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House Republicans and Democrats Introduce Differing Customs Reauthorization Proposals
December 20, 2012


Recently, the Customs Trade Facilitation and Enforcement Act of 2012 was introduced by House Ways and Means Trade Subcommittee Chairman, Kevin Brady. This legislation provides direction on facilitating legitimate trade, improving enforcement, and measuring U.S. Customs and Border Protection’s (“CBP”) progress in the above areas. A similar bill was introduced by House Democrats on December 13, 2012 with one major difference in the area of enforcement of antidumping and countervailing duties.

The bill introduces several provisions that intend to facilitate legitimate trade and to foster greater transparency with respect to new importers and non-resident importers. These include the following provisions: 

  • Section 4 establishes an interagency review board that will review proposed changes to regulations.
  • Section 131 Requires Customs and Immigration and Customs Enforcement to create a joint strategic plan to facilitate trade and enforce customs and trade laws with respect to Customs Priority Trade Issues related to import safety, penalties, revenue, textiles, trade agreements, agriculture, and antidumping and countervailing duties.
  • Section 202 expands the role of the Commercial Customs Advisory Committee to advise and provide recommendations on CBP’s commercial operations.
  • Section 212 establishes the Centers of Excellence and Expertise.
  • Section 217 requires Customs to provide educational seminars to its personnel to classify and appraise products, to improve trade enforcement efforts, and to ensure the enforcement of child labor laws.
  • Section 221 establishes an Importer of Record Program that will help Customs verify new importers.
  • Section 222 requires customs brokers to report the identity of the importers with whom they work.
  • Section 224 requires non-resident importers to designate a resident agent to accept service of process on its behalf, and to be liable to the United States of duties and penalties or other fines assessed against it.
  • Section 225 establishes a certified importer program that will expedite the release of cargo to importers that are validated Tier 2 or Tier 3 participants in C-TPAT.
  • Section 402 increases the de minimis value for purposes of imports from $200 to $800 and increases the value threshold for formal entries to $2500.
  • Section 404 initiates drawback modernization by allowing use of eight-digit tariff classifications for determining eligibility for certain types of drawback claims. It also changes the time-frames for filing drawback from 3 years to 5 years.


The new bill also seeks to improve enforcement in two major areas. The first is the protection of intellectual property rights and the second is prevention of the evasion of antidumping and countervailing duty orders.

With respect to the protection of intellectual property rights, Section 231 of the bill proposes authorizing CBP to immediately furnish specific information about infringing merchandise either being imported or exported to the U.S. trademark or copyright owner without any redactions. The information may include anything appearing on the merchandise or its retail packaging. In addition, CBP may send pictures or samples of the infringing product to the owner for its review.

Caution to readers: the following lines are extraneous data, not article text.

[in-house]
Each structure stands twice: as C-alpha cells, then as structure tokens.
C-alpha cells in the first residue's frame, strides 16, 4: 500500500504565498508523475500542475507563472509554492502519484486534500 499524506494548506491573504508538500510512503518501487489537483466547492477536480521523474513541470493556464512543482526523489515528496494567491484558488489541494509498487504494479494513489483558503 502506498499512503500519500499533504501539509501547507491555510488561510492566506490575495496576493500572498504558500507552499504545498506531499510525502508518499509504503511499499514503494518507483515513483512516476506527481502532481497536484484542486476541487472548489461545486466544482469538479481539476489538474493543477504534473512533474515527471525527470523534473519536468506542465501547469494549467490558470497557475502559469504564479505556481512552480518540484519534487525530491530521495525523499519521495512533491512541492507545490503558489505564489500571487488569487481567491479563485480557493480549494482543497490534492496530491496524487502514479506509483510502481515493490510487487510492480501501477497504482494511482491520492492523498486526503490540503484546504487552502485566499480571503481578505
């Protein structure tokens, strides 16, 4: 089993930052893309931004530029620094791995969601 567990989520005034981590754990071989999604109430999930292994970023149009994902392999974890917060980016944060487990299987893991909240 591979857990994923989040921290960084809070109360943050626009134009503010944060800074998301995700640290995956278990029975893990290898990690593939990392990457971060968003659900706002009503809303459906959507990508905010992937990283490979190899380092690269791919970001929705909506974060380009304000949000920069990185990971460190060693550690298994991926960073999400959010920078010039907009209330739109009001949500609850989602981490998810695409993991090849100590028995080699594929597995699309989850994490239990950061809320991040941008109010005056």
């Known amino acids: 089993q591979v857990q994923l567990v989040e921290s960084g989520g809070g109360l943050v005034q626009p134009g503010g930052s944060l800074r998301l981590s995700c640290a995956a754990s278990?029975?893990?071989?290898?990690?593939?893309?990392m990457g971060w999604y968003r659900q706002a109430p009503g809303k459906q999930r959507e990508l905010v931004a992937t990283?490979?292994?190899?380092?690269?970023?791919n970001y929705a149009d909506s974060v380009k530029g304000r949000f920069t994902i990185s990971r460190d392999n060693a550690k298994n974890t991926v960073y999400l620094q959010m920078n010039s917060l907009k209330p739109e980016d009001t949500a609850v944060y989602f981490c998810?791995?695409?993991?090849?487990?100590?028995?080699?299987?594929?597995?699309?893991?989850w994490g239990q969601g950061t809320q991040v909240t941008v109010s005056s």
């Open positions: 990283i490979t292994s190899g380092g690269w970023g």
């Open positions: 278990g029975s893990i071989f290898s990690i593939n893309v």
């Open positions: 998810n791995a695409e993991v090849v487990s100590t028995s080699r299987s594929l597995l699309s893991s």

To improve the enforcement of antidumping and countervailing duty orders, the following provisions have been proposed:

  • Section 311 establishes a trade remedy enforcement division that will develop and administer policies to prevent and counter evasion, direct enforcement and compliance activities, and conduct commercial risk targeting of cargo destined for the U.S.
  • Section 311(c) establishes the National Targeting and Analysis Group dedicated to identifying evading imports.
  • Section 312 authorizes the collection of information to determine whether the evasion of antidumping and countervailing duties is taking place including by issuing questionnaires with respect to entry documents.
  • Section 314 authorizes the secretary to negotiate and enter into bilateral agreements with the customs authorities of foreign countries for the purpose of preventing the evasion of trade remedy laws of the United States.
  • Section 321 requires CBP to assign and train personnel responsible for preventing and investigating evasion of antidumping and countervailing duty orders.


The similar bill introduced by House Democrats strengthens the provisions with respect to the enforcement of antidumping and countervailing duty orders and would require CBP to initiate an investigation within ten (10) days of the receipt of an allegation that merchandise covered by an antidumping or countervailing duty order is entering the U.S. through evasion.


Finally, the Act proposes provisions for measuring CBP’s progress in the above areas. For example, Section 203 of the bill will require CBP to report on its progress with the implementation of ACE. Furthermore, Section 215 of the bill will require CBP to report on its effectiveness of trade enforcement activities. Similarly, Section 216 will require the Commissioner of CBP to establish priority and performance standards to measure the development and levels of achievement with respect to the implementation of ACE, the modernization of drawback, collection of antidumping and countervailing duties, expedited clearance of cargo, and the Centers for Excellence and Expertise (“CEE”).


If you have any questions concerning this proposed legislation, please contact a Barnes/Richardson attorney.

 

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